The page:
Clergy vulnerable to inappropriate behaviour
When I was in Melbourne Diocese I was part of a working group that produced a resource called, Working to Bully-proof Clergy and Parishes – A way forward in dealing with bullying behaviours in a local church context.
I was reminded of being part of that working group when I read an article in this month’s TMA, which is Melbourne’s Diocesan newspaper. It is titled, Bullying of parish priests ‘a growing problem’.
It was written by a Melbourne priest who said that bullying of priests by prominent members of their congregations is rarely talked about: “These people are identified by an increasing body of literature…
“They usually have very little theological education, and always know more than their minister about everything theological. Some through a life in business see the Church as just another business and blame the priest for any drop off in ‘sales’.
“And others stand simply as blockers to any kind of change occurring in a church’s life or worship no matter how well or badly the church is travelling or whether or not the church community is growing or relevant to its community.
“Clergy abuse can take many forms, including whispering campaigns based on half-truths or outright falsehoods. These take their toll because they are carried out in secret and take hold before they can be refuted.
“Members of parish leadership teams react aggressively at meetings to any suggested changes without/before bothering to find out why a change has been put forward.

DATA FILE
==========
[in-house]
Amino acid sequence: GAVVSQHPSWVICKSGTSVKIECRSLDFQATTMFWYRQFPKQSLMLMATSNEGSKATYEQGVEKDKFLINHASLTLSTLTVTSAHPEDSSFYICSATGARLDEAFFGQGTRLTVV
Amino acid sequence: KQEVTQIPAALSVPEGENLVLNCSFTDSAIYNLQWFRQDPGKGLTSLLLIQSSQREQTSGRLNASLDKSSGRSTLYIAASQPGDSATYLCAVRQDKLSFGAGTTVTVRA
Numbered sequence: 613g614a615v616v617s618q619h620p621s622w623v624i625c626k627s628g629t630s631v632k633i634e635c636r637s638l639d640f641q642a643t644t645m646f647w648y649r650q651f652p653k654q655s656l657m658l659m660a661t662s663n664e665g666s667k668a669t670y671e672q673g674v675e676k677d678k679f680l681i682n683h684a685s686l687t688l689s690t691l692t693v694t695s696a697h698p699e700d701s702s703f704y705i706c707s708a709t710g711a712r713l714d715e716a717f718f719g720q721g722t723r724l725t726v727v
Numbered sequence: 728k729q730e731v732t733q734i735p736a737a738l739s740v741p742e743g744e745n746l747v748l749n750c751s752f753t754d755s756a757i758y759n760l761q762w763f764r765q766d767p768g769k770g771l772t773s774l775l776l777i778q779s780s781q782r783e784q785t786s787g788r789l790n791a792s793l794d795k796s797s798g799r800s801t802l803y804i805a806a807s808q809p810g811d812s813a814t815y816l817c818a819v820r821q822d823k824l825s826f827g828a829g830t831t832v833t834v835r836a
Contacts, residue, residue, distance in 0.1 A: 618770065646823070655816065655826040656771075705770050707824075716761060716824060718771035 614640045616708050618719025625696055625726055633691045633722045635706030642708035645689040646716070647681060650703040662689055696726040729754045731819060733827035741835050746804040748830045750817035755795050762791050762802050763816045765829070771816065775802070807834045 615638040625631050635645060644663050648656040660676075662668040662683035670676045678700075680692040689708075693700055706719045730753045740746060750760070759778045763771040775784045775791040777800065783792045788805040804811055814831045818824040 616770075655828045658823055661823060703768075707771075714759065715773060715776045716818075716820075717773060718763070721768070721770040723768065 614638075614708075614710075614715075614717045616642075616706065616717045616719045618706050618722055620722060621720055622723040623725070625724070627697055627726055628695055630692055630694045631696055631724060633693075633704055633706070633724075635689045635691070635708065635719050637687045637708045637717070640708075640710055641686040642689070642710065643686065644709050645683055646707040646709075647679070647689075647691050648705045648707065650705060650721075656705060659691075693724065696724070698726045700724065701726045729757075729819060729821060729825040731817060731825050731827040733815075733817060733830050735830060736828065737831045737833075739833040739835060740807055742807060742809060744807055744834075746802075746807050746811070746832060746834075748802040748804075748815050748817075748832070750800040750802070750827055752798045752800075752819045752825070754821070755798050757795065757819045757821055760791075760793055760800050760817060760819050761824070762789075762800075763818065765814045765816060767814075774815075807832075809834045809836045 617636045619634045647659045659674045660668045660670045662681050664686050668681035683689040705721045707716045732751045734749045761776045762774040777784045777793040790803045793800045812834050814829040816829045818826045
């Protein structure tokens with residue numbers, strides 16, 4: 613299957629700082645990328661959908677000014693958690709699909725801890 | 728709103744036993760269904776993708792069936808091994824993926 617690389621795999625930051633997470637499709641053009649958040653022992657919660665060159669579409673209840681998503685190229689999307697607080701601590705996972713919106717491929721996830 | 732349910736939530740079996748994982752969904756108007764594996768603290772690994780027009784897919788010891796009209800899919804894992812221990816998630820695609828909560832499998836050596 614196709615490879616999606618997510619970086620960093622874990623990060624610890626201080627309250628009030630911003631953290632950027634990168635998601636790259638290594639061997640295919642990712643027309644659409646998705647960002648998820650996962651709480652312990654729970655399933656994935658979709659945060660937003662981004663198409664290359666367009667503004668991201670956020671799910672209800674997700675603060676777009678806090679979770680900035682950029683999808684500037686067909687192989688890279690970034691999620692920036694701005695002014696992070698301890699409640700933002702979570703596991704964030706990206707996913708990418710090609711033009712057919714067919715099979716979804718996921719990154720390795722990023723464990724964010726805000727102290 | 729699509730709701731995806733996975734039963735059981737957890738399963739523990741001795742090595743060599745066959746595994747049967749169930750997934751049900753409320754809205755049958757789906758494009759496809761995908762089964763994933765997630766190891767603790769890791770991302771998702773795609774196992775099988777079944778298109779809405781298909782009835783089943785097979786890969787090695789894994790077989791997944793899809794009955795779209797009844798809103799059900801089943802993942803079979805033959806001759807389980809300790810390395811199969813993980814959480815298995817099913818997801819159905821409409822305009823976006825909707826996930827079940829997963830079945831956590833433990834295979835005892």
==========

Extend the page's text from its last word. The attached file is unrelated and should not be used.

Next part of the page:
“Clergy families are attacked. Little or no respect is shown the priest. People use church rosters as weapons against the priest, withdrawing from rosters at the worst possible times to cause maximum damage to the church’s programs.
“One of the worst forms of clergy abuse occurs when a group within a church will favour one minister over another. They aim to wedge the clergy teams apart and create mistrust and envy. Their lack of maturity leads them to forget that a longstanding priest has far more experience and depth of knowledge of ministry than a newly ordained assistant who will move on in a very short period of time.
“Just as other forms of abuse must be condemned and stopped, so should clergy abuse. Members of parishes who see these things going on are in the best position to speak out in opposition.
“Those in authority also should be careful about blaming clergy involved for not being smart or tough enough. No amount of extra training of clergy can completely prepare them to handle abuse.”
As you reflect upon your experience of belonging to a church community can you identify any inappropriate behaviour towards a member of clergy?